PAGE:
5. Persistent Navigation – A

The Motley Fool website presents a clear and consistent navigation scheme that is anchored by the global navigation menu at the top of the page. This menu is persistent, remaining unchanged from page to page. When you click on one of the menu items, the page that is served includes content-specific sub-navigation in the left hand column. This type of architecture is typical of content-based sites. And because the model is carried throughout the site, with one exception, it produces minimal confusion for the visitor.

In addition, the site makes extensive use of inline linking in which active links are embedded within the page content. This technique is a particularly effective technique as eye scanning studies indicate that visitors typically focus their attention on the active window (content area) of the page. If the page presents relevant content with embedded links, visitors will typically rely on this type of navigation in the first instance. As these links are embedded within page content, they provide the best opportunity for site publishers to give visitors the most context as they traverse website content, all of which leads to greater visitor satisfaction.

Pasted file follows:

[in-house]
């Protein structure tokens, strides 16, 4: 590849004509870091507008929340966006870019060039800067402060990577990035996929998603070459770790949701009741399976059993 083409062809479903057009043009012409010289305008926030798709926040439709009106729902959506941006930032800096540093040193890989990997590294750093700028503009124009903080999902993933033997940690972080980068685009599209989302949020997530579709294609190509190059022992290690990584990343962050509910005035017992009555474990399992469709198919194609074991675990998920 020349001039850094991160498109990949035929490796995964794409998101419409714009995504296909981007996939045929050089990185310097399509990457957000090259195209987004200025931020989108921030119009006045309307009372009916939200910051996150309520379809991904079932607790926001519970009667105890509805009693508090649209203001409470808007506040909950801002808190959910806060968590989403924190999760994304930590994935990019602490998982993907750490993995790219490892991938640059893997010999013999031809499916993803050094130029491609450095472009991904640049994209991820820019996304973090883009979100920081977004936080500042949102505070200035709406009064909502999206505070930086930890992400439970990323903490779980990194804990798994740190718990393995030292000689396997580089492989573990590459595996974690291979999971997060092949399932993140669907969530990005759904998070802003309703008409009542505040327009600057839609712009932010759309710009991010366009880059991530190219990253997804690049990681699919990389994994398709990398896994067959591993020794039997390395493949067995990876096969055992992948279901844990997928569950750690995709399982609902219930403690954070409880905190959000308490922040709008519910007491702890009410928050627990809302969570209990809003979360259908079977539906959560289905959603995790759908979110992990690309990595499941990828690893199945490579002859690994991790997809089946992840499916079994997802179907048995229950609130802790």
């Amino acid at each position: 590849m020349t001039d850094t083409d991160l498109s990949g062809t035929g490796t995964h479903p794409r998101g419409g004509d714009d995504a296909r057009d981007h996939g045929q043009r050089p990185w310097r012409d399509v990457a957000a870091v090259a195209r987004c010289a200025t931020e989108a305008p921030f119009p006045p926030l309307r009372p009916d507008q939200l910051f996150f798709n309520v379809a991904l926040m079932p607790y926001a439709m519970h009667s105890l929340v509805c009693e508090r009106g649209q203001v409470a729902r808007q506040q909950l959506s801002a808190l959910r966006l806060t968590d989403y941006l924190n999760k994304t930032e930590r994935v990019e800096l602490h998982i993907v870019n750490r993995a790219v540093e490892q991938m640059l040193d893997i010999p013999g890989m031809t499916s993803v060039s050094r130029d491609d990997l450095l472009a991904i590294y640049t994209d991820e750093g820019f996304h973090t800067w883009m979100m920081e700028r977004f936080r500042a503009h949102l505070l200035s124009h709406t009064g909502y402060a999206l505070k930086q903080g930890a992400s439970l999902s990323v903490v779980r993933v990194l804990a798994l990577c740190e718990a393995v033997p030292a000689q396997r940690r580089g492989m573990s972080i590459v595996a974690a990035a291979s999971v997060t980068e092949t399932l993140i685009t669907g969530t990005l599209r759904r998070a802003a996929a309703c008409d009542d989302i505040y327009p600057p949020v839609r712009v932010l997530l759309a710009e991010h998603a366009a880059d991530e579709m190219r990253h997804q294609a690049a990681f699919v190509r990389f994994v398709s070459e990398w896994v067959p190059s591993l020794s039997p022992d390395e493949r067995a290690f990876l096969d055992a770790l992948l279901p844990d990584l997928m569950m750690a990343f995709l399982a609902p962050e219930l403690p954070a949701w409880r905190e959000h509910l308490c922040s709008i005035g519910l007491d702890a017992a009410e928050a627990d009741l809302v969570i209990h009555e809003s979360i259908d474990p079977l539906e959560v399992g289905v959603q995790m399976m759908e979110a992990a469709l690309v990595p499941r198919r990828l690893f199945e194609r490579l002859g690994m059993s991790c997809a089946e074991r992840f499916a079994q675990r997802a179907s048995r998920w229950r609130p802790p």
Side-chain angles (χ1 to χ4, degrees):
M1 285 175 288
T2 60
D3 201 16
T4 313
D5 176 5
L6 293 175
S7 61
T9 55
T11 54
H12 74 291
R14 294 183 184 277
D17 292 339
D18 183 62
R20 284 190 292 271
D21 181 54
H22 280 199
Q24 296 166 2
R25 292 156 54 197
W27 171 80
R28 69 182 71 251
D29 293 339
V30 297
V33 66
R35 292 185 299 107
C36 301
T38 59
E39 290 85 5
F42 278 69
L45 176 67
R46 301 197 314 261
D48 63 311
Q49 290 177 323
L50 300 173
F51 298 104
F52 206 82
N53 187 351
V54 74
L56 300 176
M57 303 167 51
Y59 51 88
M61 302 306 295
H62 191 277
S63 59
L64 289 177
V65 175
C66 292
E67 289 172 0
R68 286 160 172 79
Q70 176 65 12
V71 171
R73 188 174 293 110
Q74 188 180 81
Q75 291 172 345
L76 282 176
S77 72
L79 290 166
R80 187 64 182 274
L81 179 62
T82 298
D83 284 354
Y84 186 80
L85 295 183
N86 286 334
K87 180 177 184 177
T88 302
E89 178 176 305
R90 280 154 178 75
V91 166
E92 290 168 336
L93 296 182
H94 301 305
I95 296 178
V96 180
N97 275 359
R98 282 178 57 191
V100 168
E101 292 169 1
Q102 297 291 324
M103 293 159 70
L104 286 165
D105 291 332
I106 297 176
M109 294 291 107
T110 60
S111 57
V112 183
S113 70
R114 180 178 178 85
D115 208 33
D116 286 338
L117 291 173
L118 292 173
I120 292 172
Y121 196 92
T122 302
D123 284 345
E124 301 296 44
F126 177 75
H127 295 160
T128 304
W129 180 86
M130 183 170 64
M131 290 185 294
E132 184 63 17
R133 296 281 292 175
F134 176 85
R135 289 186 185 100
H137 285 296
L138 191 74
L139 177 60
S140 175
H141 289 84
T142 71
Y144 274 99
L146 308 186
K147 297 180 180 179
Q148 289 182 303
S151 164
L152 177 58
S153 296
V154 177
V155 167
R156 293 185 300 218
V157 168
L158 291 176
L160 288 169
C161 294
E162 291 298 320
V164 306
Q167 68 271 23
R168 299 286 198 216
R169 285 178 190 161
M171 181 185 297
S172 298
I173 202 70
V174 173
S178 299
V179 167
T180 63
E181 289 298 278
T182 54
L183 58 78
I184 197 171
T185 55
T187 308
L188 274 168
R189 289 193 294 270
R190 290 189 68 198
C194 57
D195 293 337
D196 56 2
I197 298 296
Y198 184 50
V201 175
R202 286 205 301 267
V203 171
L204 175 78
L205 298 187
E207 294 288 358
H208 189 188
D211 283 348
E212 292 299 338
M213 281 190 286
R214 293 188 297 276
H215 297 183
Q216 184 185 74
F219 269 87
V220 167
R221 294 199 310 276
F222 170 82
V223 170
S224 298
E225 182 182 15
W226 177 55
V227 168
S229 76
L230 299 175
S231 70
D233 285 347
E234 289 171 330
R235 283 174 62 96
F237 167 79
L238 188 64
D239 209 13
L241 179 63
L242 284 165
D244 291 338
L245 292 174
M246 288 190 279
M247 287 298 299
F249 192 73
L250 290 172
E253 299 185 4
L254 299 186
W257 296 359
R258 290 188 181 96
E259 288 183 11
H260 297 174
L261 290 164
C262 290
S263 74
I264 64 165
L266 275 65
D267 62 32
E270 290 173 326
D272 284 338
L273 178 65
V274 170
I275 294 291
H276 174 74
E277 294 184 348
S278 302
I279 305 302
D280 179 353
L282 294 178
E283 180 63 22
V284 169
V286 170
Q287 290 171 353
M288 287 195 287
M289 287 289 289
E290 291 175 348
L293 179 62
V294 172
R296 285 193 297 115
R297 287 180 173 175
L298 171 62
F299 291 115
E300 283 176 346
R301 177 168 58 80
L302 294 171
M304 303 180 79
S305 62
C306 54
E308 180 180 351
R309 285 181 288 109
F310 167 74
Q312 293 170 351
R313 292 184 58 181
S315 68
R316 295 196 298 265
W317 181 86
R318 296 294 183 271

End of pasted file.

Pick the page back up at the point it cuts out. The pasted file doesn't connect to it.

The website presents a clear and consistent navigation scheme that is anchored by the global navigation menu at the top of the page. This menu is persistent, remaining unchanged from page to page.

6. User Task Depth – B

The Motley Fool website is all about transactions. As a non-registered visitor, you cannot view any content without registering. The registration process is somewhat confusing, in that you are asked for a password initially. When you complete the registration and try to log in, you can’t. Subsequently, you will receive an email with a link for creating a password. Once you have created a password a second time, you can log in successfully. This process is redundant and probably quite confusing to most visitors.

Browsing the Motley Fool site is an adventure. There is so much variety of content on the site that the visitors can always find something interesting and engaging. Navigating through the site content is intuitive. And when the visitor chooses to take advantage of an offer, it is always clear to the visitor how to achieve his objective.

7. Affordance – A